The trails I roam continue to provide me with the path toward greater awareness of our eco-system with all its beauty and power. A few of the trails meander by the magnificent cabins in the Summit Huts system. Volunteering at over 11-thousand feet above sea level provides even more time for appreciation and exploration of the unique natural assets here in the region.
I began to wonder, what is really beyond the trail where most of us spend our time in our outdoor pursuits? It turns out there is a wonderous system out there. This forested watershed is both the Dillon Ranger District and the Blue River Watershed.
Sagebrush covers massive tracts of land in the west and Canada. According to the Intermountain West Joint Venture, it used to cover 247 million acres in the US, though now it is about half that.
This keystone species supports over 350 species, including the adorable pygmy rabbit and charismatic greater sage-grouse. Several bird and mammal species are almost entirely dependent on sagebrush for survival: Gunnison sage-grouse, sage sparrow, Brewer’s sparrow, sage thrasher, pygmy rabbit, and sagebrush vole. (CPW) Colorado Parks and Wildlife
The plant is alive year-round which is important for the sage-grouse as it depends on it for 100% of its winter diet. It also functions as a nurse plant for other plant species, including important livestock forage plants.
Water scarcity is a risk many people and organizations take too lightly, particularly in the West, where we are experiencing megadrought with little end in sight.
A group of climate scientists from UCLA, NASA and Columbia University as recently as 2018 and 2019 studied, among other statistical data, tree rings to help determine soil moisture. They found soil moisture deficits have doubled in the last 22 years.
That does not bode well for many reasons. Landscapes are less drought resilient and more prone to scarring wildfires. The condition perpetuates itself as water flows off, carrying more sediment and leaving parched earth behind.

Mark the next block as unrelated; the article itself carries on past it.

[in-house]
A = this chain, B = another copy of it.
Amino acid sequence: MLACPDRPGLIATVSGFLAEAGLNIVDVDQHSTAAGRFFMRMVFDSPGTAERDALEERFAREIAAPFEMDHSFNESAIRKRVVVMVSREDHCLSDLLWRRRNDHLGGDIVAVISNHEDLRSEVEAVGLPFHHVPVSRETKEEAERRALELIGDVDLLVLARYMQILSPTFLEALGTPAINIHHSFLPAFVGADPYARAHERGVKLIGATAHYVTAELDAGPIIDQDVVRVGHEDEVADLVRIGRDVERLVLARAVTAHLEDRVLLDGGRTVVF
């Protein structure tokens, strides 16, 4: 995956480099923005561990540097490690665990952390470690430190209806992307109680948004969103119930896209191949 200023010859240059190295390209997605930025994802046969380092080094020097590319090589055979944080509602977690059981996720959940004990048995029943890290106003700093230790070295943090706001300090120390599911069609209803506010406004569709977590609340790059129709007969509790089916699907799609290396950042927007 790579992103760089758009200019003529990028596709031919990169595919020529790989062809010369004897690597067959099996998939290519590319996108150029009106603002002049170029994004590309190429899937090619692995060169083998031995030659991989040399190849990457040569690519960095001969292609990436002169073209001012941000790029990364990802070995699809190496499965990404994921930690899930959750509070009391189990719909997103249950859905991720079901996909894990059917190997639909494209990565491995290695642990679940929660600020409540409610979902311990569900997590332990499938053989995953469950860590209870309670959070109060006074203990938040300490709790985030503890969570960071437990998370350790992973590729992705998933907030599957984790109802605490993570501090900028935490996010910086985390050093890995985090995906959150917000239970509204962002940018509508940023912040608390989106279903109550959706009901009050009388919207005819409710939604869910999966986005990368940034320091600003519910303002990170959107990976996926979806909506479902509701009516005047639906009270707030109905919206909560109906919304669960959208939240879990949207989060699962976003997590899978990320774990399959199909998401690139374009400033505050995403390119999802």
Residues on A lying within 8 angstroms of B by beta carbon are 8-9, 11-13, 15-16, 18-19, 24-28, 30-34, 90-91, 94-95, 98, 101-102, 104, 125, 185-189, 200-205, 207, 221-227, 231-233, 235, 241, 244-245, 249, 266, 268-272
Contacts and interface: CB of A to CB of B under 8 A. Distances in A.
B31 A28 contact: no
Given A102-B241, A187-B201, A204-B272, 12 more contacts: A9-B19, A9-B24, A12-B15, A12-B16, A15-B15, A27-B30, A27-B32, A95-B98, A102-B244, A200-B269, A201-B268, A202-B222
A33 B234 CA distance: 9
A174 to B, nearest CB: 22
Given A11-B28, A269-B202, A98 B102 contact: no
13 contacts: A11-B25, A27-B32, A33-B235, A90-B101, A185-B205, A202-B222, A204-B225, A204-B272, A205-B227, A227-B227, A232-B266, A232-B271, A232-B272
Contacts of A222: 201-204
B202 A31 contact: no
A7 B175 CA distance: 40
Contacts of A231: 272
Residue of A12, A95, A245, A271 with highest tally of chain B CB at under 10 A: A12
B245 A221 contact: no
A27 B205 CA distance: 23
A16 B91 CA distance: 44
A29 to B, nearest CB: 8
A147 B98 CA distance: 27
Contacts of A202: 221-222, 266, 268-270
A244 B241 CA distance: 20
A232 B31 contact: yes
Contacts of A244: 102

We all use water as a valuable resource. So do businesses and corporations. I thought I would take a look into the water risks of the corporate world.
As you Sow (https://www.asyousow.org) is a non-profit based in California that does a lot of work on environmental, health and climate change issues. Shareholder advocacy is one tool they utilize and have been reasonably successful.
Healthy riparian zones serve to capture carbon and thus contribute to fighting global climate change. They are the areas bordering rivers and other bodies of surface water. They provide many environmental and recreational benefits to streams, groundwater, and downstream land areas. Groundwater is usually found at shallower depths in riparian zones than in the surrounding landscape. These areas are visually defined by a greenbelt with a characteristic suite of plants that are adapted to and depend on the shallow water table.
Camp Hale and the Continental Divide Photo by: Mason Cummings, The Wilderness Society
The Colorado Outdoor Recreation and Economy Act (CORE) is a bill that was introduced by Senators Michael Bennet and John Hickenlooper and US Congressman Joe Neguse. It would ultimately protect up to 400,000 acres of public land.
The bill expands wilderness designations for more than 31,000 acres of wilderness, including some of the state’s most recognizable mountain scenes encompassing two fourteeners: Mount Sneffels and Wilson Peak in the San Juan Mountain Range in Southwest Colorado. I went on a hut trip in the area last winter and it was truly magnificent. Check out the San Juan Hut system for an awesome adventure.
Closer to home is the Continental Divide and Camp Hale piece of this legislation. Holy Cross, Ptarmigan and Eagles Nest Wilderness would tack on 20,000 acres collectively. In addition, Camp Hale where the 10th Mountain Division trained during World War Two would be the first designated historic national landscape.